Ethanol’s effect on the “dead zone”

In a posting on Discover Magazine’s blog today, it was reported that this summer the largest “dead zone” in the Gulf of Mexico — 8800 square miles—was caused by increased corn production for ethanol and thus more fertilizer runoff, as well as Mississippi River flooding in the Midwest. The posting cited the Baton Rouge Advocate, which quoted the scientists from LSU and the National Oceanic and Atmospheric Administration who were researching the area.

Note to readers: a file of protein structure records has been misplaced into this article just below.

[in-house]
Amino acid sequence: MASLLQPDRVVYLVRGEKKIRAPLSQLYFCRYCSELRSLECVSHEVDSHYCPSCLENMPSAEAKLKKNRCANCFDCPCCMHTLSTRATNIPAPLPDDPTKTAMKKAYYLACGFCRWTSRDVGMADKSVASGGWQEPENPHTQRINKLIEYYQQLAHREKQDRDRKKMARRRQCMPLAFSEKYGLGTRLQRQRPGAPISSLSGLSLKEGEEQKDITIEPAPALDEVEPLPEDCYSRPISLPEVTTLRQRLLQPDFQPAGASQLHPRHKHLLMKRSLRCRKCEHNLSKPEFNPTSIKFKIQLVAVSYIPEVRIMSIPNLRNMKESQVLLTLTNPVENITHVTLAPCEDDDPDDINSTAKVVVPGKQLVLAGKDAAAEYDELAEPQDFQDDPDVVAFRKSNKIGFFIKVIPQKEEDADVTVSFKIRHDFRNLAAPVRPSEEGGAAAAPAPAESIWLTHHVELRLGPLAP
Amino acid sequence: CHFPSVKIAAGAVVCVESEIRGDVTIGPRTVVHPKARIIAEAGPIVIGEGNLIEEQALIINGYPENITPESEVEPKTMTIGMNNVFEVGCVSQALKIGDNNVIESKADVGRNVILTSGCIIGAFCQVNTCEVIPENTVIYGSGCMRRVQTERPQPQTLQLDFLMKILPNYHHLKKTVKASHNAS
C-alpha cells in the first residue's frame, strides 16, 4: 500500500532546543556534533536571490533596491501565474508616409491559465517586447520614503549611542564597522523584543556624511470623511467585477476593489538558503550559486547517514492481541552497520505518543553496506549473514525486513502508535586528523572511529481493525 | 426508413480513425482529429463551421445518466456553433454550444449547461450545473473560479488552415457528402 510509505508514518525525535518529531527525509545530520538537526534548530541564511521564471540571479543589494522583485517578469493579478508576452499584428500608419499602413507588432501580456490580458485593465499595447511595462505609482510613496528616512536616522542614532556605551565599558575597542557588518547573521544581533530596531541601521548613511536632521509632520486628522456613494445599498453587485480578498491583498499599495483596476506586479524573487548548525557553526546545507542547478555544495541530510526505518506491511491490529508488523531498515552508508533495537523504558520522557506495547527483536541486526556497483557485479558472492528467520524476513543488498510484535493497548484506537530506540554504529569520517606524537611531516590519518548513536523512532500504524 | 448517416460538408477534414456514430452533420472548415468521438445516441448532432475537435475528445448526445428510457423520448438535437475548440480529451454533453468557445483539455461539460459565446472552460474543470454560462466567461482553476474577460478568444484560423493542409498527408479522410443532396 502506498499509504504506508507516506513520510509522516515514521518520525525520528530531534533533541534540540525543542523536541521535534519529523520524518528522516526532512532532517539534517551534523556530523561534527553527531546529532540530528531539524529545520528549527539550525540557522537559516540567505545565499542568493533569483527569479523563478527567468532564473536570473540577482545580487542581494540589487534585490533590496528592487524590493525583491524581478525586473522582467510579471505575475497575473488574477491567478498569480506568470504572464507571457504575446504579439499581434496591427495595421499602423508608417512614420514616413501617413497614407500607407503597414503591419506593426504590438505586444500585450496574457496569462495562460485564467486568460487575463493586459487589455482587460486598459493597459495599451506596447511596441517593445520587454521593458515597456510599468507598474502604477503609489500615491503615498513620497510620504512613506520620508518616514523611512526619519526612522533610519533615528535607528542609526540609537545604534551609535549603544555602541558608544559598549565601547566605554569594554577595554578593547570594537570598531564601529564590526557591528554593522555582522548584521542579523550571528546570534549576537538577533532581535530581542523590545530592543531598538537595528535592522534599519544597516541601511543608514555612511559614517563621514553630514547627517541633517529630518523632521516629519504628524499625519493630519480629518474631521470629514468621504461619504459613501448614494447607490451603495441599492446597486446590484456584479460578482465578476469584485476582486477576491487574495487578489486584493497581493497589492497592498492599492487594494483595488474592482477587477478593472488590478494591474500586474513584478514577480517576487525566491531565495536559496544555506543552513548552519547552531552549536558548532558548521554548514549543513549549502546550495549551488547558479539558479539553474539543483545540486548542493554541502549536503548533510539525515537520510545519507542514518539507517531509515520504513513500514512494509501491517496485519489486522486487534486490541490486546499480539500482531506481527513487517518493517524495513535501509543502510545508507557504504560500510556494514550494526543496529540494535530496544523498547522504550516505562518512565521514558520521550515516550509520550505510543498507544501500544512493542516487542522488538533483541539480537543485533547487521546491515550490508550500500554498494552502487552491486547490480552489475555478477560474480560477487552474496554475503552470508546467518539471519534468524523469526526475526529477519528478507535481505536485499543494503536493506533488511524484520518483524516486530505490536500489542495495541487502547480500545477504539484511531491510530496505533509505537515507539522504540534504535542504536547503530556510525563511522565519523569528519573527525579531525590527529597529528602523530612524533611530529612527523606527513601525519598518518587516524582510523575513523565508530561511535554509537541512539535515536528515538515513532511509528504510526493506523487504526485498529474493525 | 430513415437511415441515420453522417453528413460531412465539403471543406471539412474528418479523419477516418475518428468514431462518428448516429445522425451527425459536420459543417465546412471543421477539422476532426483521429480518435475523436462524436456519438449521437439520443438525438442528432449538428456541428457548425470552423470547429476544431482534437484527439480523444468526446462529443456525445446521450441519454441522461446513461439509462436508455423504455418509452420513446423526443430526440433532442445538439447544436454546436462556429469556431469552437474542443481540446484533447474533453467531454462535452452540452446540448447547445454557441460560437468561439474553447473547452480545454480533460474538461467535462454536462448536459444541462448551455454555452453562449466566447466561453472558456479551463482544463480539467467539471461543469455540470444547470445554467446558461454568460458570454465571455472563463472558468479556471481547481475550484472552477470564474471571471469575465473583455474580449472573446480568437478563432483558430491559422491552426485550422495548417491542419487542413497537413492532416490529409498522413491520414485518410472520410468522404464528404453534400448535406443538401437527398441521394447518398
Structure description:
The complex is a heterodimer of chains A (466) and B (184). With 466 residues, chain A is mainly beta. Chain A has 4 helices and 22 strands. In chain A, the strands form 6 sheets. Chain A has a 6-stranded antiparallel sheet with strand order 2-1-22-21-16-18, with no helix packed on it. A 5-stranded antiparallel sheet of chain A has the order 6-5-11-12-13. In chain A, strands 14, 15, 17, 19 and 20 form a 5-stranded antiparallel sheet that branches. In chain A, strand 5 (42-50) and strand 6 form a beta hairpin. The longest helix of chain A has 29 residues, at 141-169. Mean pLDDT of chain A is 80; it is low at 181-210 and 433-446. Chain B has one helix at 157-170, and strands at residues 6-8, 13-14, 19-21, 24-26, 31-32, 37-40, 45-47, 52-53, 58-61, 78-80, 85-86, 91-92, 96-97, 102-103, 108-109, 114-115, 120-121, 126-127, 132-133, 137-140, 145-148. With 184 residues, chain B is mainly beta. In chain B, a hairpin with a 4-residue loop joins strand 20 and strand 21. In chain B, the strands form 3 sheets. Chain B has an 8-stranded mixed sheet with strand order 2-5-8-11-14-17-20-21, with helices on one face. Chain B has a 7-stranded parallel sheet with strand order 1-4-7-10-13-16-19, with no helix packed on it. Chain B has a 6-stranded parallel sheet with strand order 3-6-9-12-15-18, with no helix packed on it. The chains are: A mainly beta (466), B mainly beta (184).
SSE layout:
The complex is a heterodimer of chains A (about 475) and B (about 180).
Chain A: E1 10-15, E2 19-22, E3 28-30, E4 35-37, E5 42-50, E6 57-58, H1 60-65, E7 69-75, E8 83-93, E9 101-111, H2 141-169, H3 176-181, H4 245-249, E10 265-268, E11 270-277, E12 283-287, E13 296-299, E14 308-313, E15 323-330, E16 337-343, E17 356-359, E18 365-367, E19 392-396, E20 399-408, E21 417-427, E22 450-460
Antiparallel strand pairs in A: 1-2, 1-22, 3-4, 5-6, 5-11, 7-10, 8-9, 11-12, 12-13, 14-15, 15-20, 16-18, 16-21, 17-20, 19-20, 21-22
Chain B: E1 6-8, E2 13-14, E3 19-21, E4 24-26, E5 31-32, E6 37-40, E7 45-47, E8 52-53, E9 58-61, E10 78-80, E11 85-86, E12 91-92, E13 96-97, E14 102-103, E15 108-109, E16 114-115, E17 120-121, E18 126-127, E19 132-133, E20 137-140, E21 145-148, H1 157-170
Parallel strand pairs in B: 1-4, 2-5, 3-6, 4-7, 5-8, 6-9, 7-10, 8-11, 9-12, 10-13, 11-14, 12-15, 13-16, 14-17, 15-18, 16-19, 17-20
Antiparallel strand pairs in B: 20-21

LSU scientist R. Eugene Turner said this year’s record “dead zone,” which is roughly the size of New Jersey, is in large part due to nitrogen leaking into the Mississippi from a huge increase in corn planting.

The recent increase in corn crops is due to the nation’s increased efforts to find alternative fuel resources, such as corn-powered ethanol, he said.

The nitrogen from fertilizer leaks into the river, which then flows into the Gulf, Turner said.